WASHINGTON - A House Appropriations subcommittee has taken a first step toward turning President Clinton's cherished community development bank program into an empty shell.
The subcommittee on Veterans Affairs, Housing and Urban Development, and Independent Agencies voted last week to ax the $125 million budgeted for community development financial institutions for the fiscal year that begins Oct. 1.
If the full House and Senate agree, the Community Development Financial Institutions program signed into law last year would effectively be gutted.
The program is a major priority for President Clinton, who made it a standard part of his campaign speech in 1992. The program was expected to provide seed money to lenders that would help small businesses located in low-income communities.
"That money is a slingshot to help us lift this industry up by an order of magnitude," said Mark Pinsky, executive director of the National Association of Community Development Loan Funds. "Now we're faced with major uncertainties in planning the program."
However, one administration official said she didn't feel the rescission was a direct attack on the CDFI program.
"I don't see Thursday's vote as an effort focused on the elimination of CDFI," said Fe Morales Marks, deputy assistant secretary for financial institutions policy at the Treasury Department. "This is the beginning of a long process."
If appropriated, the $125 million would be distributed through an independent agency, called the CDFI Fund.
Despite Thursday's vote, the transition team in charge of starting up the agency is busy drafting regulations in preparation for the program's launch in about four months, said Katharine McKee, CDFI Fund transition director.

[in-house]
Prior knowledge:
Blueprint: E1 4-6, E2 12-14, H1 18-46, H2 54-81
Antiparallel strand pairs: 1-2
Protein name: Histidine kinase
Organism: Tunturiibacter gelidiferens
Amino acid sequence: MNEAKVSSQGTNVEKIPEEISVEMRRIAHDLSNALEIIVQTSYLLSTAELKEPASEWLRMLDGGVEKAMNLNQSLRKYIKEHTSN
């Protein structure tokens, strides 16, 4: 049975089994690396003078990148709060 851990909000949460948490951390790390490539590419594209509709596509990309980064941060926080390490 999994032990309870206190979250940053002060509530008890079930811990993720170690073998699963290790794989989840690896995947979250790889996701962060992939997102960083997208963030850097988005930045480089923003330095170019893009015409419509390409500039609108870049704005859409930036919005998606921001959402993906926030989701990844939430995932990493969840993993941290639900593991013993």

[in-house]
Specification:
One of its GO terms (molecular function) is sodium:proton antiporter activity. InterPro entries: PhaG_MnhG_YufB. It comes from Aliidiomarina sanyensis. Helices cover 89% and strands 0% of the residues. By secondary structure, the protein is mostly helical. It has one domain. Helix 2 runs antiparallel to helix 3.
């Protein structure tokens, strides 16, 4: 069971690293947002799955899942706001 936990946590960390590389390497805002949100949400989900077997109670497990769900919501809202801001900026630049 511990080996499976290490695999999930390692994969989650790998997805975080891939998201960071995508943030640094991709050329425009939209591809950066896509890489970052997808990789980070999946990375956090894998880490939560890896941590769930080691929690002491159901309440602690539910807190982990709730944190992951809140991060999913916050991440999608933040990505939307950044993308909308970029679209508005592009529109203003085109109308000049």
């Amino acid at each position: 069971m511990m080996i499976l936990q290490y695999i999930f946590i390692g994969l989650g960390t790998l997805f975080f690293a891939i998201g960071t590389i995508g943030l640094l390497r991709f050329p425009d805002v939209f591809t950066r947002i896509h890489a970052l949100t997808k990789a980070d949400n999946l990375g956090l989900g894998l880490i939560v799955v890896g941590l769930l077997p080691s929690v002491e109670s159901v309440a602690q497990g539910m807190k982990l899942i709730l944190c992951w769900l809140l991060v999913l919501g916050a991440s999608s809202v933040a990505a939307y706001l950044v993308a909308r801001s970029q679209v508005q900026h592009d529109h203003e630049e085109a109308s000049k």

"We feel that this has been caught up in the budget-cutting fervor," said Ms. McKee. "This bill passed with strong bipartisan support in both the House and the Senate last year, and we feel we have strong support in the Senate."
The CDFI bill authorizes $382 million for community development institutions over the next four years. In his proposed budget for fiscal 1996, the President requested an additional $144 million for the program.
Although the CDFI cut was only a small part of the appropriations panel's massive $9.4 billion in spending cuts, it could turn into a big disappointment to some bankers who were anticipating using the funds.
"None of us have been real successful in doing what we do, and we were really hoping to tap into that source," said Ronald F. Miller, president of the Northern Shenandoah Valley Community Development Corp. The group of six banks helps provide financing for affordable housing.
Mr. Miller is also the president of First Bank, a $125 million-asset institution headquartered in Strasburg, Va.
The full House Appropriations Committee is expected to vote this week on the rescissions made Thursday, along with cuts already made by other appropriations panels.